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Stopping the vicious circle of tumour progression in children with bone cancer

20 Mar 2014 | By Inserm (Newsroom) | Cancer

Primary bone cancer develops when the cells which are continually forming our bones get out of control. If cancer takes hold, these cells can degenerate and form bone haphazardly without any specific organisation. Researchers in Inserm Unit 957 “Bone Resorption Physiopathology and Primary Bone Tumour Therapy” in Nantes have recently developed an innovative treatment which stops the vicious circle that allows bone cancer to progress.

Published in today’s issue of Nature Communications, their study shows an inhibition of tumour progression and a reduction in bone degradation combined with extended lifespan in animals.

Survival rates for primary bone cancer, which mainly affects children and teenagers and whose incidence peaks around the age of 15, are 50 to 70% in the best cases for localised forms and 20 to 30% in the event of metastasis, relapse or treatment resistance. This prognosis has not changed over the last 30 years. Although these forms of cancer, which include osteosarcoma, Ewing’s sarcoma and chrondrosarcoma, are caused by a diverse range of factors of which little is yet known, they seem to involve similar types of cell dysfunction. However, there have been no major advances in the treatment of these types of cancer for about fifteen years.

Bone is living tissue

Bone tissue in physiological condition is constantly reforming, a process which entails phases of bone destruction and bone formation. Bone consists mainly of two types of cells: osteoclasts and osteoblasts which are constantly interacting to maintain a balance between bone destruction and formation. Osteoblasts are the cells responsible for bone formation. Osteoclasts are responsible for bone resorption. Any disruption of the balance in bone formation/destruction can cause cancer.

Thanks to work carried out by the Inserm research team, it has been clearly established that an imbalance between the action of osteoblasts and osteoclasts is involved in the development of primary bone tumours. Indeed, when a tumour cell grows on a bone site, major resorption occurs causing bones to weaken (with lesions, fractures etc.).

Stopping the vicious circle: a challenge overcome

Primary bone tumours ‘use’ the bones’ microenvironment in order to spread. Tumour cells disrupt the system’s natural balance by releasing proteins known as ‘growth factors’. These molecules are capable of activating osteoclasts/osteoblasts, not only causing major bone degradation but also releasing other growth factors normally trapped inside the bone. Once released these stimulate tumour growth. The larger the quantities of growth factors present in the tumour’s microenvironment, the more the tumour spreads. This is what we refer to as the ‘vicious circle’.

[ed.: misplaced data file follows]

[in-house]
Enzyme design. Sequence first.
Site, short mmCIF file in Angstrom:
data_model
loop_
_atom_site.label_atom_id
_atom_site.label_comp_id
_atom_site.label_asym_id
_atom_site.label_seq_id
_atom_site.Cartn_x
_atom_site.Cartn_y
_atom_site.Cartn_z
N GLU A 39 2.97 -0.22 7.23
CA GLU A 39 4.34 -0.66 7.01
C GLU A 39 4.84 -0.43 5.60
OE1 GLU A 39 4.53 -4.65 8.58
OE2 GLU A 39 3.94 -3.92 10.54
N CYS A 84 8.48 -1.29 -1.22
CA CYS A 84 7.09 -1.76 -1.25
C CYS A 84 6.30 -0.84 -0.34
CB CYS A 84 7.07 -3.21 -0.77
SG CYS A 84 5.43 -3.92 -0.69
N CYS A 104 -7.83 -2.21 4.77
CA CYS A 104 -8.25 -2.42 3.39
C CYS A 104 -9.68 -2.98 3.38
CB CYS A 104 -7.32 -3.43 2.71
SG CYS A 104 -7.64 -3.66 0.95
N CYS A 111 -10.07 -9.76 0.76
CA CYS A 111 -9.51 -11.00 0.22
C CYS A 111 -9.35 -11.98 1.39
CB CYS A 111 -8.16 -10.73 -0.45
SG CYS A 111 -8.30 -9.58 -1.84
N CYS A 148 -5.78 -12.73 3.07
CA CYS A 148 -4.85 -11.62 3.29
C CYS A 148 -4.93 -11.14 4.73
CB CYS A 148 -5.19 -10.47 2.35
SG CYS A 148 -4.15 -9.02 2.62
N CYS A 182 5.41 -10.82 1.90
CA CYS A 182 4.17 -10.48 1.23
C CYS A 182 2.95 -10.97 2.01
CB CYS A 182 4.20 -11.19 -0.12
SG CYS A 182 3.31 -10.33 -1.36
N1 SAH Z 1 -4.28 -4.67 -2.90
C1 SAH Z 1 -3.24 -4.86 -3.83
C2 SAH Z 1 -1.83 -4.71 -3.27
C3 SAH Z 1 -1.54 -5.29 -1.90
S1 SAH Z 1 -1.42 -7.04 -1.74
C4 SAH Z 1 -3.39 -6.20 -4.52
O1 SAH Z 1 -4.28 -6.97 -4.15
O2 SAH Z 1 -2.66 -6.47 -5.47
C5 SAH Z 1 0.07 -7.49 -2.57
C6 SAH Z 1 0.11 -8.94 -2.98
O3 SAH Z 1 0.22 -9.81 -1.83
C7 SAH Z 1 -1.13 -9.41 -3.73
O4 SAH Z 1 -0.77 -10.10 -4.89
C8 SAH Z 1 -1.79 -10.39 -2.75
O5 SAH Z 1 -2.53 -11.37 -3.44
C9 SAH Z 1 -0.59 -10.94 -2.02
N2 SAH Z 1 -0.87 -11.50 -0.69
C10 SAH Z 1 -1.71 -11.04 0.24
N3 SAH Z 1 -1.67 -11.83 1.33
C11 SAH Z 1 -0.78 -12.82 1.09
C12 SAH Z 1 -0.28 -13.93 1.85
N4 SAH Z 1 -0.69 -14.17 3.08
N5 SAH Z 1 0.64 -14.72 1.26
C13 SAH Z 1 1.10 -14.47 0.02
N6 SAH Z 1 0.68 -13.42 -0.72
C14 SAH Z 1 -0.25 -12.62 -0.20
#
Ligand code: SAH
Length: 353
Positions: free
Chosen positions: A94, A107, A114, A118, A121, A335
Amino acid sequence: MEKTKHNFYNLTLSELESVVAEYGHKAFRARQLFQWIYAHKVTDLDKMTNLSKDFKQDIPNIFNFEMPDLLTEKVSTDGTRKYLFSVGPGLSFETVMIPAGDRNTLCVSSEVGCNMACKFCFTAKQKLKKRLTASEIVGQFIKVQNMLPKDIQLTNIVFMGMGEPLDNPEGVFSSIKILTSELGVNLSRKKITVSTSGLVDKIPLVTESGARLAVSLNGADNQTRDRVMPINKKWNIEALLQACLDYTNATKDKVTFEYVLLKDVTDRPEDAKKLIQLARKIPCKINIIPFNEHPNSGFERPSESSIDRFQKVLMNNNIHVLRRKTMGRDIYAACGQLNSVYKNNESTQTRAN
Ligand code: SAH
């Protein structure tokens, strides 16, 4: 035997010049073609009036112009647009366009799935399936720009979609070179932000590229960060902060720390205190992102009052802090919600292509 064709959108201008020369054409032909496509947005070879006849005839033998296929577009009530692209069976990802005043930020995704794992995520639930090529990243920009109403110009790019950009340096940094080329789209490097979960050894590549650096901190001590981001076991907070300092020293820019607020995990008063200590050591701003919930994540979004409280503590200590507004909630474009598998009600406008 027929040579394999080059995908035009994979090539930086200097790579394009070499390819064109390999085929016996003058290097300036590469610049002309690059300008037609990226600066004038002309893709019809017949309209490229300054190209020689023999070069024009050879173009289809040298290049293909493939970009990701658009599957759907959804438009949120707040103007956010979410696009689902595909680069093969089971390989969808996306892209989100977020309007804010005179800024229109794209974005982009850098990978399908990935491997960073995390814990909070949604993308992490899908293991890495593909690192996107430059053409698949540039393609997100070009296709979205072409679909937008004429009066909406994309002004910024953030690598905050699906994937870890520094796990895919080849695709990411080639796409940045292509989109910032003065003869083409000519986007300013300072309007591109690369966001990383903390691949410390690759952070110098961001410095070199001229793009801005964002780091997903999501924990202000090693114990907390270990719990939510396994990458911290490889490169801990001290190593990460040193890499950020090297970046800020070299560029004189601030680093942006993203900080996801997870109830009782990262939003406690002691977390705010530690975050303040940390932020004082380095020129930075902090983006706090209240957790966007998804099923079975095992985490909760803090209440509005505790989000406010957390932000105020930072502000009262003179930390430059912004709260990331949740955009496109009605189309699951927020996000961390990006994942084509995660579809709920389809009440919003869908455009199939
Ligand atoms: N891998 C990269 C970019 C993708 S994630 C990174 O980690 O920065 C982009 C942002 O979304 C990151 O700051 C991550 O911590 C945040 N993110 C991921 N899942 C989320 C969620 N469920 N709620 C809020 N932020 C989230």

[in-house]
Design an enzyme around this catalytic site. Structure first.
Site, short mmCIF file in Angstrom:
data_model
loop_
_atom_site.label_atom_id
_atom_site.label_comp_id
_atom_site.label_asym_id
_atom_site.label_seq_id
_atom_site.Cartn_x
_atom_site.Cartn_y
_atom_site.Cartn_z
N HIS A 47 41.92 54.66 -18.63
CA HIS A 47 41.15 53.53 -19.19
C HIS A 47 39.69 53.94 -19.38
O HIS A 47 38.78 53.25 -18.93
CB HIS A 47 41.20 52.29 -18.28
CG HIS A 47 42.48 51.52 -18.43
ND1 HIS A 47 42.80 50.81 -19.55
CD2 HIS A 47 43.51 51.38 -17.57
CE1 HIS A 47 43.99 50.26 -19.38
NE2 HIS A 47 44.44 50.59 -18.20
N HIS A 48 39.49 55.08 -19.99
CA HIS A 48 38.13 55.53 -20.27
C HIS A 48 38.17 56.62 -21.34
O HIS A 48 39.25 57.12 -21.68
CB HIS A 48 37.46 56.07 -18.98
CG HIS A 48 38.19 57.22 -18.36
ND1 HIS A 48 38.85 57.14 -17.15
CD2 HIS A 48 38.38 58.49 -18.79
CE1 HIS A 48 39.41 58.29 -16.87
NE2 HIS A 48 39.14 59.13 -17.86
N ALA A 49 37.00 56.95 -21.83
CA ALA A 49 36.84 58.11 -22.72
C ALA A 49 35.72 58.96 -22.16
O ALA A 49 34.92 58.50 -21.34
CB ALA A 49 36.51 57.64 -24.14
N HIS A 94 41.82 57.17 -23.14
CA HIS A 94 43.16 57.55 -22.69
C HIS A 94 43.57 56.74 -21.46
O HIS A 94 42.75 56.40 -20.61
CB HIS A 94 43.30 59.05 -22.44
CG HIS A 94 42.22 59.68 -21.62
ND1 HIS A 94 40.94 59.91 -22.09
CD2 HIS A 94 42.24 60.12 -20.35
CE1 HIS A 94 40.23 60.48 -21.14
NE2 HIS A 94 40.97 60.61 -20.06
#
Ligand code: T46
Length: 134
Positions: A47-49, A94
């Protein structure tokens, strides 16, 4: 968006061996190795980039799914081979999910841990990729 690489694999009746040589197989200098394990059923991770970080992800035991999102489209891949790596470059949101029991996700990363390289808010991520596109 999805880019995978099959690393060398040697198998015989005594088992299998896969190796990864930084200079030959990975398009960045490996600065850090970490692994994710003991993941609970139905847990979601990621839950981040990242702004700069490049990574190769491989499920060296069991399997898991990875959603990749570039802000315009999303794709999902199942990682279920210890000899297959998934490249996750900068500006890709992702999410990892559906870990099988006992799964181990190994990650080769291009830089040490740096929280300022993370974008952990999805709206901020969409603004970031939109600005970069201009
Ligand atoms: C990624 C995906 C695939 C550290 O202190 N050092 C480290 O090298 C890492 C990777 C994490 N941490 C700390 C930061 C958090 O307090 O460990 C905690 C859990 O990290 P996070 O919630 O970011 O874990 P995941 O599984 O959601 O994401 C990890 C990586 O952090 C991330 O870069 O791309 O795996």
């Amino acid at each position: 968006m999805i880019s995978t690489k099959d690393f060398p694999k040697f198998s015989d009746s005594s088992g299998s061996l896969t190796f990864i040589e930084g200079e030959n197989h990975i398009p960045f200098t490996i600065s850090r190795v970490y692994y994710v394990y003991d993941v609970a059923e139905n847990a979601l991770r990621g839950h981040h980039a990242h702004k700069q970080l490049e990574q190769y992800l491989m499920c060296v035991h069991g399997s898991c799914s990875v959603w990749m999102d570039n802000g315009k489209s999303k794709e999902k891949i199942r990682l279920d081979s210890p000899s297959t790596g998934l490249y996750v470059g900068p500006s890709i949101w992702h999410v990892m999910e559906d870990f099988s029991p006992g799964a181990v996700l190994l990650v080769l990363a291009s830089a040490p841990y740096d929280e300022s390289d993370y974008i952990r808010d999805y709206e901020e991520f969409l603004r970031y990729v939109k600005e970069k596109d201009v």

No treatment is yet capable of inhibiting these three components of the vicious circle, namely the tumour, osteoblasts and osteoclasts.

The researchers decided to focus on the fact that cells can turn tumorous if the expression of certain genes known as ‘tumour facilitators’ gets out of control. A number of proteins are involved in controlling the expression of these genes, in particular the BRD protein family. The researchers have proven for the first time that an innovative treatment targeting these transcription-controlling BRD proteins inhibits the three components of the vicious circle, namely the tumour cells and the differentiation of osteoclasts and osteoblasts. By chemically inhibiting the BRD4 protein (which belongs to the BRD family), researchers limited the spread of primary bone tumours while maintaining bone architecture.

Further tests were performed on patient biopsies to illustrate and confirm the results achieved with animals.


3D reconstruction of a mouse tibia with a primary bone tumour (left) and post-treatment (right)©Inserm/F Lamoureux 

“Our study clearly demonstrates inhibition of tumour progression and bone degradation combined with extended lifespan in animals”, comments Inserm researcher François Lamoureux. At 32 days, all the mice in the control group had died while the treated mice were still alive after 40 days. “On the basis of work, we can now seriously consider the possibility of developing a new treatment for primary bone tumour patients which tackles both the tumour and the associated bone degradation.” Moreover, since bone architecture is preserved, we could envisage a wider range of indications including bone metastases in patients with prostate or breast cancer and also non-tumorous bone diseases (e.g. osteoporosis)”.


Diagram: treatment tackles the 3 components of the vicious circle

Researcher Contact

François Lamoureux
Chercheur contractuel Inserm
Unité Inserm 957 "Physiopathologie de la Résorption Osseuse et Thérapie des Tumeurs Osseuses Primitives "
Tel : 02 40 41 28 98

Benjamin Ory
Maître de Conférences, Université de Nantes
Unité Inserm 957 "Physiopathologie de la Résorption Osseuse et Thérapie des Tumeurs Osseuses Primitives "
Tel : 02 72 64 11 42
Press Contact
Selective inhibition of BET bromodomain epigenetic signalling interferes with the bone-associated tumour vicious cycle
François Lamoureux1,2,*, Marc Baud’huin1,2,3,*, Lidia Rodriguez Calleja1,2, Camille Jacques1,2, Martine Berreur1,2,Françoise Rédini1,2, Fernando Lecanda4, James E. Bradner5,6, Dominique Heymann1,2,3 & Benjamin Ory1,2 Nature communication, 19 mars 2014